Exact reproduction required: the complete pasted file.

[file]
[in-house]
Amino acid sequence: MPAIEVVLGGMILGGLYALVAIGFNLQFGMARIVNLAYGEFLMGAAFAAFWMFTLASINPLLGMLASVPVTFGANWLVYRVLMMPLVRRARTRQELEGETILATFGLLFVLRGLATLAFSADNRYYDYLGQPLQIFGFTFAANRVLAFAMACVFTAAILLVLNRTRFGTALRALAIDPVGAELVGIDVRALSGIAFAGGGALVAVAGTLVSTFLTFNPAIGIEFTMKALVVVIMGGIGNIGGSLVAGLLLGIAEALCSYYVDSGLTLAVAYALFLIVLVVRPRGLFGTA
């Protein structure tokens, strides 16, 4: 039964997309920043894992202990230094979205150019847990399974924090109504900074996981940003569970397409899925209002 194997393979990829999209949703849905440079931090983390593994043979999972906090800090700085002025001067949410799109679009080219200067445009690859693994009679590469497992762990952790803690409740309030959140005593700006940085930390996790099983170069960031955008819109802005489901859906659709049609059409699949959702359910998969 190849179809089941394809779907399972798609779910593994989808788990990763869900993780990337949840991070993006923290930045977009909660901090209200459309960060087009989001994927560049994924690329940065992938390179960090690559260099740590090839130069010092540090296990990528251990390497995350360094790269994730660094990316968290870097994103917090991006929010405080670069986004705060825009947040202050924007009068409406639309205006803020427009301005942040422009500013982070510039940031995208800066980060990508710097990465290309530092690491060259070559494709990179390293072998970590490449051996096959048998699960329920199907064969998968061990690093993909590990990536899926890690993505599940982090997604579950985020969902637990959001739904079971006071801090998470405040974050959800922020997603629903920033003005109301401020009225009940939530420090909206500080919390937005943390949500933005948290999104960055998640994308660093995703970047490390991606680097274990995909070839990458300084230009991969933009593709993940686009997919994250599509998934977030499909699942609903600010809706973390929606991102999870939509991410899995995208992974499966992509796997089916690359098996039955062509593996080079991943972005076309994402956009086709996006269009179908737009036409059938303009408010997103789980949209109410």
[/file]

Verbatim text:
[in-house]
Amino acid sequence: MPAIEVVLGGMILGGLYALVAIGFNLQFGMARIVNLAYGEFLMGAAFAAFWMFTLASINPLLGMLASVPVTFGANWLVYRVLMMPLVRRARTRQELEGETILATFGLLFVLRGLATLAFSADNRYYDYLGQPLQIFGFTFAANRVLAFAMACVFTAAILLVLNRTRFGTALRALAIDPVGAELVGIDVRALSGIAFAGGGALVAVAGTLVSTFLTFNPAIGIEFTMKALVVVIMGGIGNIGGSLVAGLLLGIAEALCSYYVDSGLTLAVAYALFLIVLVVRPRGLFGTA
């Protein structure tokens, strides 16, 4: 039964997309920043894992202990230094979205150019847990399974924090109504900074996981940003569970397409899925209002 194997393979990829999209949703849905440079931090983390593994043979999972906090800090700085002025001067949410799109679009080219200067445009690859693994009679590469497992762990952790803690409740309030959140005593700006940085930390996790099983170069960031955008819109802005489901859906659709049609059409699949959702359910998969 190849179809089941394809779907399972798609779910593994989808788990990763869900993780990337949840991070993006923290930045977009909660901090209200459309960060087009989001994927560049994924690329940065992938390179960090690559260099740590090839130069010092540090296990990528251990390497995350360094790269994730660094990316968290870097994103917090991006929010405080670069986004705060825009947040202050924007009068409406639309205006803020427009301005942040422009500013982070510039940031995208800066980060990508710097990465290309530092690491060259070559494709990179390293072998970590490449051996096959048998699960329920199907064969998968061990690093993909590990990536899926890690993505599940982090997604579950985020969902637990959001739904079971006071801090998470405040974050959800922020997603629903920033003005109301401020009225009940939530420090909206500080919390937005943390949500933005948290999104960055998640994308660093995703970047490390991606680097274990995909070839990458300084230009991969933009593709993940686009997919994250599509998934977030499909699942609903600010809706973390929606991102999870939509991410899995995208992974499966992509796997089916690359098996039955062509593996080079991943972005076309994402956009086709996006269009179908737009036409059938303009408010997103789980949209109410």